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Abort in stopTimeOutClock #1361

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djcater opened this Issue Oct 18, 2018 · 6 comments

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@djcater

djcater commented Oct 18, 2018

$ sudo nmap -V 
Nmap version 7.70SVN ( https://nmap.org )
Platform: x86_64-unknown-linux-gnu
Compiled with: liblua-5.3.3 openssl-1.1.0g nmap-libssh2-1.8.0 libz-1.2.8 libpcre-8.39 libpcap-1.8.1 nmap-libdnet-1.12 ipv6
Compiled without:
Available nsock engines: epoll poll select
$ sudo nmap -4 -vvv -ddd -sn -PR 8.8.8.8 
Starting Nmap 7.70SVN ( https://nmap.org ) at 2018-10-18 22:18 BST
Fetchfile found /usr/local/bin/../share/nmap/nmap.xsl
The max # of sockets we are using is: 0
--------------- Timing report ---------------
  hostgroups: min 1, max 100000
  rtt-timeouts: init 1000, min 100, max 10000
  max-scan-delay: TCP 1000, UDP 1000, SCTP 1000
  parallelism: min 0, max 0
  max-retries: 10, host-timeout: 0
  min-rate: 0, max-rate: 0
---------------------------------------------
Fetchfile found /usr/local/bin/../share/nmap/nmap-payloads
Initiating Ping Scan at 22:18
Scanning 8.8.8.8 [0 ports]
**TIMING STATS** (0.0015s): IP, probes active/freshportsleft/retry_stack/outstanding/retranwait/onbench, cwnd/ssthresh/delay, timeout/srtt/rttvar/
   Groupstats (1/1 incomplete): 0/*/*/*/*/* 10.00/75/* 1000000/-1/-1
Current sending rates: 0.00 packets / s.
Overall sending rates: 0.00 packets / s.
Moving 8.8.8.8 to completed hosts list with 0 outstanding probes.
nmap: Target.cc:503: void Target::stopTimeOutClock(const timeval*): Assertion `htn.toclock_running == true' failed.
Aborted

Obviously doing an ARP scan of an address which isn't in the current subnet doesn't make a whole lot of sense, but it still shouldn't cause a crash.

I'm guessing this is due to d8ff55b which deferred starting the timeout clock until the first probe is sent, and in this case, no probes are sent, so when Nmap tries to stop the clock the assertion fails?

This is with Nmap built from the current master. It doesn't happen in Nmap 7.70.

@dmiller-nmap

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dmiller-nmap commented Oct 19, 2018

Wow, this is a weird one. You're correct, d8ff55b is what turned this into an assertion failure, but there was a problem before that. Essentially, here's what happens:

  1. Nmap does address resolution and IP range and CIDR expansion to get IP addresses to fill up a hostgroup. It groups them according to outgoing interface using the system's routing information, deferring any that need to use a different interface until later.
  2. If the outgoing interface is Ethernet-like and ARP ping is allowed (either implicitly or because you used -PR) AND the target is directly connected as defined by the system's routing tables, ARP ping scan is performed ("Initiating ARP Ping Scan at XX:XX" will be seen).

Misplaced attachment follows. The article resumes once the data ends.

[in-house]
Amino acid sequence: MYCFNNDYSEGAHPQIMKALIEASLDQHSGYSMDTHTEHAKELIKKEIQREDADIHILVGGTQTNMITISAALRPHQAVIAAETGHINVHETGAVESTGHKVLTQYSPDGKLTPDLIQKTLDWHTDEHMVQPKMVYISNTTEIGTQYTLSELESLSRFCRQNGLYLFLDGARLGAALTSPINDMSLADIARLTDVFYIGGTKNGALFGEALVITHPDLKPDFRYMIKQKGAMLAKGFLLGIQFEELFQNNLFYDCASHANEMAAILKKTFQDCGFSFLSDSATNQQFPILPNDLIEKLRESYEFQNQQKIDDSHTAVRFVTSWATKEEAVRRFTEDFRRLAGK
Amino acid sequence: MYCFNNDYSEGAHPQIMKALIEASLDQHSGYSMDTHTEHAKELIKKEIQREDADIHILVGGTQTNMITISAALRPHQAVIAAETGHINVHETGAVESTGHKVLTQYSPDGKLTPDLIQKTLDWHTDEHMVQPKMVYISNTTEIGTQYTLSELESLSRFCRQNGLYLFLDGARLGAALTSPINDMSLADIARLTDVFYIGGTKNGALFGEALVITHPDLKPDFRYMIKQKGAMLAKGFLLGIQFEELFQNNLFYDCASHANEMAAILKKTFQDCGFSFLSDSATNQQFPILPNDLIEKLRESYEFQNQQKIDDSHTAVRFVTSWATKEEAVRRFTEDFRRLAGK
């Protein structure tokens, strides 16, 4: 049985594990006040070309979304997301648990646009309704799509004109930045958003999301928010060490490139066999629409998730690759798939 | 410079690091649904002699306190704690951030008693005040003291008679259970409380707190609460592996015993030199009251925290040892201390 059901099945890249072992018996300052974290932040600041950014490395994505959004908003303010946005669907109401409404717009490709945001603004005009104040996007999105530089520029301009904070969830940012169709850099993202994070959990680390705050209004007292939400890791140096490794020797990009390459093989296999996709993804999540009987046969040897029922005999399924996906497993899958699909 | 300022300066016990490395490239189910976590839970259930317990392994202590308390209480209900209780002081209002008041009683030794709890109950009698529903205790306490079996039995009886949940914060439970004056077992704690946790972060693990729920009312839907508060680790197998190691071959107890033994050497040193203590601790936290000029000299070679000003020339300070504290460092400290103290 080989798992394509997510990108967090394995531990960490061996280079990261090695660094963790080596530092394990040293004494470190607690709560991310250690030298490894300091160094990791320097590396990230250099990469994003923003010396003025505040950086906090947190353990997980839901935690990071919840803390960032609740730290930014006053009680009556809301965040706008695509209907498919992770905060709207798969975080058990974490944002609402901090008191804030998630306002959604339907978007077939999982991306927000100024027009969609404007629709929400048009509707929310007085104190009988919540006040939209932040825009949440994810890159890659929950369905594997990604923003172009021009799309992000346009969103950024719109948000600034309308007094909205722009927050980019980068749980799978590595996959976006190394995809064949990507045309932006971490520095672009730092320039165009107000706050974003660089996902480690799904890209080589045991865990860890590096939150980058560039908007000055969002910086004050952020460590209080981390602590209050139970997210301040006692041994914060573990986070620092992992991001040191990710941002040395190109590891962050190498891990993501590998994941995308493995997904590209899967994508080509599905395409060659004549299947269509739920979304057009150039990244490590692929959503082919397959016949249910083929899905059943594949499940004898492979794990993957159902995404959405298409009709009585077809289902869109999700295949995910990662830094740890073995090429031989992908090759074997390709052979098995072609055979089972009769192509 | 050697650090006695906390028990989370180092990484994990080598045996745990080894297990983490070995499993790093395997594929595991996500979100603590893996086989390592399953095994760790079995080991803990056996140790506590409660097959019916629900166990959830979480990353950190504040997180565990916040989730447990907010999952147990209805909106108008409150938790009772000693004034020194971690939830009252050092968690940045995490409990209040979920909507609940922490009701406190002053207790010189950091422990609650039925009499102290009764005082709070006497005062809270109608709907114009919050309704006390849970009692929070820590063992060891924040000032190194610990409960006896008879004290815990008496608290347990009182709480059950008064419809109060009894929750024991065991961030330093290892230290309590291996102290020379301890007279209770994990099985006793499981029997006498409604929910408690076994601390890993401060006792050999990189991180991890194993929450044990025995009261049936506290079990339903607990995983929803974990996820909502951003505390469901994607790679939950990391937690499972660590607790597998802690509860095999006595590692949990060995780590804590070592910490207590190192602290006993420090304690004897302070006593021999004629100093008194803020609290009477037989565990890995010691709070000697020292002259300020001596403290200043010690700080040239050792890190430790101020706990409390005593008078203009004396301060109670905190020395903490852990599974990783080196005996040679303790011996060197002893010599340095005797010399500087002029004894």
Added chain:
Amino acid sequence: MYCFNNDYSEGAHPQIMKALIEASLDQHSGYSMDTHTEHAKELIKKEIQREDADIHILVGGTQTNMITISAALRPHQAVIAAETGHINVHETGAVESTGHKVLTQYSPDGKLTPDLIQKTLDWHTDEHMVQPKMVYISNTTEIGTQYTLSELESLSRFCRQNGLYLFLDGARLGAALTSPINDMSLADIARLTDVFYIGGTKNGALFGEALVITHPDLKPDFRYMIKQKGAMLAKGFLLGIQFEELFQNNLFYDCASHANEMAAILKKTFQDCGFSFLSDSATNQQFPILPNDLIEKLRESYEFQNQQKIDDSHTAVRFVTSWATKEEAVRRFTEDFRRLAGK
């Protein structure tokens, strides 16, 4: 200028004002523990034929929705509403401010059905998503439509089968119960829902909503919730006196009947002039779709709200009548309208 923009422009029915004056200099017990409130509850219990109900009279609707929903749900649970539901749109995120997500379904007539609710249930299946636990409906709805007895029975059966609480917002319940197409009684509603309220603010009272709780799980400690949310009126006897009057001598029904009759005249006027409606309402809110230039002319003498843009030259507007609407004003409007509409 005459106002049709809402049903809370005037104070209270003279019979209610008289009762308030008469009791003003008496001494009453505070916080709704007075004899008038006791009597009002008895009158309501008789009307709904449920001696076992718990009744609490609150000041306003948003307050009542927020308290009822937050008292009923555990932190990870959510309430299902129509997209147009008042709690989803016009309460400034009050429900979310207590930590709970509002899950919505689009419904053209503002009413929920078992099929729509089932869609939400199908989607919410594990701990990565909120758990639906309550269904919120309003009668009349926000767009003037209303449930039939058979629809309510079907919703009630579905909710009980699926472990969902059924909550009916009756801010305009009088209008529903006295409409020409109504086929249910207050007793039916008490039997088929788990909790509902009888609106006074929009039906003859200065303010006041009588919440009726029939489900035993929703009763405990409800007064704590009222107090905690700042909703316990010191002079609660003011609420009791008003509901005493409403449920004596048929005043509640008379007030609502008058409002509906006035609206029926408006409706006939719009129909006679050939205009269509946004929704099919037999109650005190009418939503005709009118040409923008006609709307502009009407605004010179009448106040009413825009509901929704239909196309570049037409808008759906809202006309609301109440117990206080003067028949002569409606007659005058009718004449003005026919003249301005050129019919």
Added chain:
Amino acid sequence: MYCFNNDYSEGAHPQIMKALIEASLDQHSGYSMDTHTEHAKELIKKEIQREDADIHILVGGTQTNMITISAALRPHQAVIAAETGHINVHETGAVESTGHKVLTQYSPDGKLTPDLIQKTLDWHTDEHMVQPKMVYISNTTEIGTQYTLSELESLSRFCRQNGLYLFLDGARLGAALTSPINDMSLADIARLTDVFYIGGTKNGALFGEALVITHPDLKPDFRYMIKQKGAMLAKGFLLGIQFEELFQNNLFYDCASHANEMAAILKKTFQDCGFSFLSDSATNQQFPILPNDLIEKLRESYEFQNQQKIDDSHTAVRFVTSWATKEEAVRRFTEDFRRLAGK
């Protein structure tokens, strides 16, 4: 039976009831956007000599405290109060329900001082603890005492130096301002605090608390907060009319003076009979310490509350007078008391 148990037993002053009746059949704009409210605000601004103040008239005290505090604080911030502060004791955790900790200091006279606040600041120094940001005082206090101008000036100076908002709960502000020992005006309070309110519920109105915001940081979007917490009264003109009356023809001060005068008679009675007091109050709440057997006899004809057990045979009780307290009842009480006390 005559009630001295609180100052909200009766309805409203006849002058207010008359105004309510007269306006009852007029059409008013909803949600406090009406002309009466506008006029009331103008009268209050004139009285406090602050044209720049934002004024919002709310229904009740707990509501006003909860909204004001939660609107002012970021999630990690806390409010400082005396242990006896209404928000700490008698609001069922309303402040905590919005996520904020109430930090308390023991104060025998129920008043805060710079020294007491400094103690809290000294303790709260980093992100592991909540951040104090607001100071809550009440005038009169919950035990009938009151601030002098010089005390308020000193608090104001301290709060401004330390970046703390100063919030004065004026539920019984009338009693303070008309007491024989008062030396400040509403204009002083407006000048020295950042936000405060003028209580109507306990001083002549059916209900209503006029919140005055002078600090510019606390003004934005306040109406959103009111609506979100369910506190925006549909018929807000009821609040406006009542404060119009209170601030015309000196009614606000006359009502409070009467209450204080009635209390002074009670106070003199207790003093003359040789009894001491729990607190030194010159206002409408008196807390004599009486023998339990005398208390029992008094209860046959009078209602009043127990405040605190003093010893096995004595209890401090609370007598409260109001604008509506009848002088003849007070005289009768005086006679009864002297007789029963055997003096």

3. Otherwise, do a regular ping scan.

What's happening in this case is that the target address is not directly-connected according to the routing tables, so ARP ping is never done. Instead, it falls through to number 3, and a regular ping scan is done. But that scan is done according to the options on the command line, so it's really a ARP ping scan, but without proper setup. The target has no probes to send ([0 ports] in your output), so it's already done. Because the first probe is never sent, the timeout clock is never started, but because the target was supposed to be scanned, Nmap tries to turn off the timeout clock when it's "done" and hits the assertion failure.

Here some approaches we could take to fix this:

  1. Remove the -PR option. ARP ping is only ever used when it would be used by default anyway, since there's no way currently to force ARP ping for a not-directly-connected target.
  2. Make -PR take precedence and force an ARP ping even if the target is not directly connected. I think this is what you'd expect to happen, but it's the most prone to user error if someone adds -PR to an ordinary scan. Lots of breakage and weird layer-2 traffic.
  3. Remove targets from the list of targets to scan if they have no probes to send. This might avoid the assertion, but it's also ignoring what is almost certainly a bad thing. Maybe instead we should assert that the target has probes to send if it's being scanned?

I'm not sure which of these I will do, but I'm leaning towards 1 and 3 (with assert). It turns out there is a way to force an ARP host discovery for addresses on networks that are not configured on your system: use the -e and -S options to force a source address on whatever interface you want. Here's how it worked for me:

$ sudo ./nmap -sn -S1.1.1.2 -e eth0 1.1.1.1 -n -d
WARNING: If -S is being used to fake your source address, you may also have to use -e <interface> and -Pn .  If you are using it to specify your real source address, you can ignore this warning.